Gio surprised himself and them when he said, “Sure. That would be nice.”
Sila put out a plate of snacks. Alp made tea and served it in little tulip-shaped, clear glasses with two lumps of sugar on the side. Gio sat at the table in the small kitchen. For once Sila was glad that her mom wasn’t there; Oya always insisted people take off their shoes at the door. Alp and Sila hadn’t said anything to Gio, who was wearing what looked like fancy leather bedroom slippers. Sila wondered if he’d forgotten to put on real shoes when he left home.
It had been quiet for what felt like a long time when Alp asked, “How did you end up calling me to fix your truck?”
Gio took a sip of tea and explained, “When my truck wouldn’t start I thought about having it towed to the dealership in town. But then I remembered how they’d treated me the last time I came in. The head of the service department flat out said he didn’t think the truck was worth repairing. I wasn’t going near that pinched-face man again.”
This made Alp laugh. Gio then continued: “I keep a stack of business cards in the kitchen. People offering up gardening services, housecleaning, and pet sitting—mostly stuff I don’t need. When I lived in town, I’d get the cards put in the mailbox.”
Sila’s and Alp’s eyes met and they both smiled. They sometimes walked together around town and left Alp’s business cards in people’s mailboxes. It always felt great to see that the work paid off.
“When I moved out to my new place I took the cards with me,” Gio went on. “It’s an old-fashioned way to look for employment, what with the Internet and all. I admire the effort.”
Sila reached for one of the cards from a bowl on the kitchen counter. There was a small drawing of an elephant sitting in a wagon on Alp’s business card. Sila told Gio, “I helped make the card. There’s a program online and you just put in your information. I picked out the logo.”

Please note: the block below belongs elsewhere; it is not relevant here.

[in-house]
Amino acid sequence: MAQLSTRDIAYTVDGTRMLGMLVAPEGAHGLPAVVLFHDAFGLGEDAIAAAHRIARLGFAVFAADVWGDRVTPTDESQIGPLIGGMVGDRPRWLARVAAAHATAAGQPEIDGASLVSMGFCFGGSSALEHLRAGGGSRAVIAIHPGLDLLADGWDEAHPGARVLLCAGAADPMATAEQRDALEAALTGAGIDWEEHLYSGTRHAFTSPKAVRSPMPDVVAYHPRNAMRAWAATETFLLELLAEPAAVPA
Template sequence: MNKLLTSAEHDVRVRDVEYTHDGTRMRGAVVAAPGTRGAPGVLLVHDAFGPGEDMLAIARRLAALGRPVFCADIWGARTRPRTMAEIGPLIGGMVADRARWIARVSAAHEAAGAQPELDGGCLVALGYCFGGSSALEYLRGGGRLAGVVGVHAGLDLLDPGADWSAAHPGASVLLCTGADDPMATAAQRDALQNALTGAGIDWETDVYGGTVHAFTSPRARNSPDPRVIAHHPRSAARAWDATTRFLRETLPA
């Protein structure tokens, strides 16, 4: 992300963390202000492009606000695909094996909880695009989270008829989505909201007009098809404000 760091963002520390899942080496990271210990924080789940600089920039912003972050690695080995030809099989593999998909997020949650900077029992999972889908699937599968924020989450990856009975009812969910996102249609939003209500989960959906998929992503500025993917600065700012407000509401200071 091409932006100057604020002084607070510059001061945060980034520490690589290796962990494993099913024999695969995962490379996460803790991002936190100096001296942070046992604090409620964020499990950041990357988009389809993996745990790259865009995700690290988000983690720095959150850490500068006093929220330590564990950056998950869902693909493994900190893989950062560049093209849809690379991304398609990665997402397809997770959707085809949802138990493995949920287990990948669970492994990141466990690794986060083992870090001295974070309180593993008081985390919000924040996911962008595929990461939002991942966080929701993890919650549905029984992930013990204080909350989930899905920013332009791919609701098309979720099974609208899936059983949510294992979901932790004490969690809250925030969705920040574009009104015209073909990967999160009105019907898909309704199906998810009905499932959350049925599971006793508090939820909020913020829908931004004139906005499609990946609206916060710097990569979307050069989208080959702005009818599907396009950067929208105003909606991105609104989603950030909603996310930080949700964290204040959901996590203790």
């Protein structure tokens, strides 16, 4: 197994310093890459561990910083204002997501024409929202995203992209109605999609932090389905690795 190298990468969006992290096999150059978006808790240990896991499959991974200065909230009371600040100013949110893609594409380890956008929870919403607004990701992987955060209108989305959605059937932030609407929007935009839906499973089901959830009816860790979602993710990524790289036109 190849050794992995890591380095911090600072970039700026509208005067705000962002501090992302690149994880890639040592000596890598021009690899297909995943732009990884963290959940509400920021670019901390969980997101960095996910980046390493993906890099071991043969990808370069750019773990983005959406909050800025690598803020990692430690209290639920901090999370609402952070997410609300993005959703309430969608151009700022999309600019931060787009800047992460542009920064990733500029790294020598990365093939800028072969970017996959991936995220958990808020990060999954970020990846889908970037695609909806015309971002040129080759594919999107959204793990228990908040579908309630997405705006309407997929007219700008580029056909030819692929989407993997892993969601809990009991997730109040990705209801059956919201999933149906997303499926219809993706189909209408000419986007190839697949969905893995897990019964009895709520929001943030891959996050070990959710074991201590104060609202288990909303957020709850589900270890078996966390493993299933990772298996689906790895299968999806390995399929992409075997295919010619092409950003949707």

Talking about the business card made Gio come to life. He explained that while he’d bought a new truck with his lottery money, it was his old truck that he owned when his wife was still alive that he cared the most about.
“The upholstery in the front seat’s split down the middle and there’s yellowy sponge poking out. The floor mats are worn through and the outside paint long ago got dull. The truck has rust spots on the fenders and the hood. But it feels more comfortable than my new one—with its dashboard all lit up and the crazy warning sounds telling me to brake or stay in my lane when I know I’m doing just fine.”
Alp nodded with understanding. Sila didn’t care much about cars or trucks, but she liked this guy. He was making it feel less sad in the apartment.
“I put a battery in the old truck three months ago,” Gio said. “So when I went out to drive it Saturday and it wouldn’t start, I was surprised how rotten it made me feel. Things can just be moving one minute and not working the next.”
Sila wondered if he was talking about the truck or himself. This man was one of the winners of the biggest lottery payout in the state, yet he had his problems. Everyone did. Since her mom had gone, Sila understood that.
Alp got up to put the teakettle back on the stove, and Gio looked at Alp’s daughter. “What are you thinking about right now, Sila?” he asked.
She didn’t take even a moment to answer. “Having my mom come home.”
So there it was. The problem.
He’d known there was something forming a cloud over the girl.
And with that, the conversation changed to an explanation by Alp of new laws that required new documentation for immigrants, which was the reason they were waiting so anxiously at 2599 Cleary Road.
Gio had let it slip out that the next day was his birthday. Sila hoped he wasn’t going to be spending it alone. He had seemed vague when she asked, so they had made a plan. They would meet in the morning before school for donuts at Gio’s favorite breakfast spot: the Hole in One bakery. He had explained to them, “It’s really not a bakery because they only sell donuts. It’s run by two sisters, Margo and Mayo. They don’t keep regular hours and they sell whatever they’ve made, then close for the day.”
Alp knew the Hole in One but had never been inside. “They have that huge parking lot,” Gio said. “I think they lose money making donuts, but they hold a flea market on the property once a month. Truckers know the place because it’s so easy to park.”
That night Sila looked it up online. A review said: “Not far off the highway you can get a decent dunker and park ANYTHING there.”